So. Apparently anal glands don't care so much about the weather. What? Too much, too soon? Probably. I also doubt my dog is thrilled that I am talking about his intimate parts with the universe (modest as he is), but there have been two constants in my life the last few days and that is a.) snow and more snow on top of that snow, and b.) my dog's rear-end. It was something of a battle between the two, when on Sunday we realized we were indeed snowed in, did not own an appropriate shovel, and our dog needed to have his poor little posterior examined immediately. (Thank you, terribly impacted and thusly exploded gland.) Sweet guy was miserable. We somehow gathered our already exhausted wills together to hike the many blocks to the Vet in knee-deep snow, dog in arms, and then back, in knee-deep snow, dog in arms, with the addition of a shiny new cone of shame. It was the kind of comedy people would pay for but no one would believe. If I had a nickel for every time some yahoo on cross country skis used the phrase, 'snow cone,' well, I'd have a lot of nickels. And then we dug our home and yard and car out of the snow as best as we could with a garden shovel, a feat which took the better part of two days, and spent the rest of our time napping in front of the fireplace, fighting over who's turn it was to wear the Wigwam socks, who's turn it was to clean the dog's behind, and consuming vast quantities of hot beverages. But through it all there was Johnny. Stumbled upon while hunting in the spare closet for clothespins. A little dusty, but I knew it was meant to be. I called my mother.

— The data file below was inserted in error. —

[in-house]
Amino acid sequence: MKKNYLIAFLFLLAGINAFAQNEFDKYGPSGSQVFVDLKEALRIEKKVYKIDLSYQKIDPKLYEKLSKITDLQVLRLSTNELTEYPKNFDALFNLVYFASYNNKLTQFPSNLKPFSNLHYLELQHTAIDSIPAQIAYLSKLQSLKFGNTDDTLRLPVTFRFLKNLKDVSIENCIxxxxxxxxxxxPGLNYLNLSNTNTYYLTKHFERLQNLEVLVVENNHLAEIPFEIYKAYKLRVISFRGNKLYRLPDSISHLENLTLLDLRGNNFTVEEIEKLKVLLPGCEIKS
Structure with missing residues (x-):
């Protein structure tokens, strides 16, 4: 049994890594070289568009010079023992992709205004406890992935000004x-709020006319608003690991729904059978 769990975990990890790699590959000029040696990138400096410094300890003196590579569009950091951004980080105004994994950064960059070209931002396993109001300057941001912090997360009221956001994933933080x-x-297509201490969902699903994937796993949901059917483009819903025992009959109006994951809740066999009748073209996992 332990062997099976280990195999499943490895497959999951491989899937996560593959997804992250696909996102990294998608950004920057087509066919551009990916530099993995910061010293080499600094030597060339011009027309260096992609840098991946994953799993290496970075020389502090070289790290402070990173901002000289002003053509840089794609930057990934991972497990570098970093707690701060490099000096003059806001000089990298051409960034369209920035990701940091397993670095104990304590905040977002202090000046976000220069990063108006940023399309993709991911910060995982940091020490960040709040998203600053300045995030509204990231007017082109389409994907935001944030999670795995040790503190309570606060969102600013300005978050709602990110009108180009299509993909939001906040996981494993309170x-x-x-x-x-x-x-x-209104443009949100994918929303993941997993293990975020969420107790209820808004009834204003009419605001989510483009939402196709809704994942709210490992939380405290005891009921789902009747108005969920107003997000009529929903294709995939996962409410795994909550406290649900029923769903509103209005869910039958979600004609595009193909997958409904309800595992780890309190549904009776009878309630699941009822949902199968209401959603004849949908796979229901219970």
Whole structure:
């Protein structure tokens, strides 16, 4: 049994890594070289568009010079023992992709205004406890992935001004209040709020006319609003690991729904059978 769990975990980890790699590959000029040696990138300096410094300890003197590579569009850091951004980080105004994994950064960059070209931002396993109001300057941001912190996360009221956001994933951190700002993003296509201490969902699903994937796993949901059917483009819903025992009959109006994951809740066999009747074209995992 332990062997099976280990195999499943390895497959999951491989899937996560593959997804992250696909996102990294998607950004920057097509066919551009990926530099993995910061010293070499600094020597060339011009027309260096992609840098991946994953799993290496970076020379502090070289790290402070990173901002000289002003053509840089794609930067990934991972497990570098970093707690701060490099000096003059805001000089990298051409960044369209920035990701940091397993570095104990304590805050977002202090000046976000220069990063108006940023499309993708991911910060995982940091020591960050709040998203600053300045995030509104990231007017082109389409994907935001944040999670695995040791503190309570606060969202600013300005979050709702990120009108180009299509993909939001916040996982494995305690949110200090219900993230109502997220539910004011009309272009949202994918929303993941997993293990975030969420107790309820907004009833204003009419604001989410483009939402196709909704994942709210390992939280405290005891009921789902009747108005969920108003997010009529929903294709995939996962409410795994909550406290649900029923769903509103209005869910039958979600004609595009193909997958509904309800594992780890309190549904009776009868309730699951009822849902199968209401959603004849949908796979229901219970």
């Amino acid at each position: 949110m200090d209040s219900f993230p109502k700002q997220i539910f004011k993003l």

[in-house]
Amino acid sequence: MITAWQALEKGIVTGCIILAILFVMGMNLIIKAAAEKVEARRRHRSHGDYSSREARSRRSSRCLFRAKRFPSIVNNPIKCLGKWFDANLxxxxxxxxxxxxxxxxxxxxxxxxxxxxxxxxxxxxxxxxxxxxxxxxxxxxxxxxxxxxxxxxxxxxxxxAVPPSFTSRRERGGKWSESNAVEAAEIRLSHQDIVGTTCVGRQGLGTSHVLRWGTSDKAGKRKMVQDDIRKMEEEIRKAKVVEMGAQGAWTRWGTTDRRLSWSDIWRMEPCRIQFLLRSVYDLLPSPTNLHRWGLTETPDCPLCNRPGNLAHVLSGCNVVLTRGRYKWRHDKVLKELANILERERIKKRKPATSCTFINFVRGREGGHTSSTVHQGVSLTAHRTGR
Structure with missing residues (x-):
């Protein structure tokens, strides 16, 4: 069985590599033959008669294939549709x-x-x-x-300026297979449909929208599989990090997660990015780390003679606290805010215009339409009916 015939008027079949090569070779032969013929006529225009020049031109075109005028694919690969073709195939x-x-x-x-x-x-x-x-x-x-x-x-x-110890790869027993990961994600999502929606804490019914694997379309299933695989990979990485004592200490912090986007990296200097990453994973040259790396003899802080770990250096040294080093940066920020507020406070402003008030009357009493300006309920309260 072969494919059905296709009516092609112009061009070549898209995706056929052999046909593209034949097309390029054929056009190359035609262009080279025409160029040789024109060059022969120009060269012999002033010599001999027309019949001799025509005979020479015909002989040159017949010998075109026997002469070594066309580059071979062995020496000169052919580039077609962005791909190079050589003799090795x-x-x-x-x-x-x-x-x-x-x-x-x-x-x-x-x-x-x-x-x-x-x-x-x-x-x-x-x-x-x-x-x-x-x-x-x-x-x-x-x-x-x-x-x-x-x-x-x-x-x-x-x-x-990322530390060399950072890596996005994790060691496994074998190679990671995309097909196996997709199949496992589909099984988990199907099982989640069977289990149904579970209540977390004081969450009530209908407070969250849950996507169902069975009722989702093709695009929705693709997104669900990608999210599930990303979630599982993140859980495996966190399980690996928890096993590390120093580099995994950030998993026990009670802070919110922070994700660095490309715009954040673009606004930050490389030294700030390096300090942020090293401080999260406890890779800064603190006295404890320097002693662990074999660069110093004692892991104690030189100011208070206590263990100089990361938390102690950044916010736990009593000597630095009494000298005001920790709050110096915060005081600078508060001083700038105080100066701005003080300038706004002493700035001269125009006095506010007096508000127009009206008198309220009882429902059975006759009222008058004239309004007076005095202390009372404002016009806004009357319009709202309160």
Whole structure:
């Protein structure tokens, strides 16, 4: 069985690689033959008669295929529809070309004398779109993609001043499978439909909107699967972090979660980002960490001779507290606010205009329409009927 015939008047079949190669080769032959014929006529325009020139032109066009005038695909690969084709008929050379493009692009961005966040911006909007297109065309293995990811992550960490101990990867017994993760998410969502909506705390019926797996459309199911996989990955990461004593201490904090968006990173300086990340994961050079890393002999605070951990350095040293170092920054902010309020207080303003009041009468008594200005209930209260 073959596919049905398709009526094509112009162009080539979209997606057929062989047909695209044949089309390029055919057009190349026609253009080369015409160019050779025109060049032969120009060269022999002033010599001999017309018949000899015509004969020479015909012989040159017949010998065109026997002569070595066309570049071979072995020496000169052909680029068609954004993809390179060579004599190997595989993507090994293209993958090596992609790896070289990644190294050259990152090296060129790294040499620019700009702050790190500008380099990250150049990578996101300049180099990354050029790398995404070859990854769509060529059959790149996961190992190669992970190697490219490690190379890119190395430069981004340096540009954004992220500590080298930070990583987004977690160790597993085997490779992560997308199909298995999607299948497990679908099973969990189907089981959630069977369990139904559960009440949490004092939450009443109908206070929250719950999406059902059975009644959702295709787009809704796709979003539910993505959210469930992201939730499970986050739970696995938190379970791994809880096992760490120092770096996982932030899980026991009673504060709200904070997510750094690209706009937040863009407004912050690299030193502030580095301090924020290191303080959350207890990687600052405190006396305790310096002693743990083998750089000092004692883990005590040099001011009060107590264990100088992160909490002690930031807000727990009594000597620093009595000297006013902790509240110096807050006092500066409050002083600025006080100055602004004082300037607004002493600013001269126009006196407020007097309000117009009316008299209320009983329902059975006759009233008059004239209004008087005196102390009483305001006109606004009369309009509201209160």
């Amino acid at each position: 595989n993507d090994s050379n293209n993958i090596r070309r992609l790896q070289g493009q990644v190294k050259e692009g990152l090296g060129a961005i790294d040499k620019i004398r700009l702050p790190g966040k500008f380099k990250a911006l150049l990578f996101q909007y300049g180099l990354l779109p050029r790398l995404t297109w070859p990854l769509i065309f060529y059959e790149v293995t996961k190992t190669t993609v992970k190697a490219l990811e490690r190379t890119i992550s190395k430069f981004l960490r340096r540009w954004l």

'Mom, I found your record! The Johnny Mathis Christmas album. Just wanted you to know we were listening to it.'
'Have you found the skips yet?'
'They're everywhere! But White Christmas is barely playable. '
'Oh yes. That would be my doing.'
It was December and my mother was twelve. She never wanted to leave Iowa. Never ever ever. But there they were in California, the whole family. A whole new life, cramped track home, palm trees everywhere, completely foreign. No white shingled house, no friends, no extended family, no snow, nothing but a Johnny Mathis record brought from home. She cried herself to sleep every night listening to 'White Christmas' on repeat. Her sisters still laugh about this. She had a flair for the dramatic. But I understood her completely, which might be why, some fifty years later, she gave me her precious record, scratches and all. And why on one snowy night in Portland, the eighth snowy night to be exact, I found myself listening to it, letting it skip, thinking of her, remembering to be grateful.
It's going to be a white Christmas, friends. Nine snowy days and counting.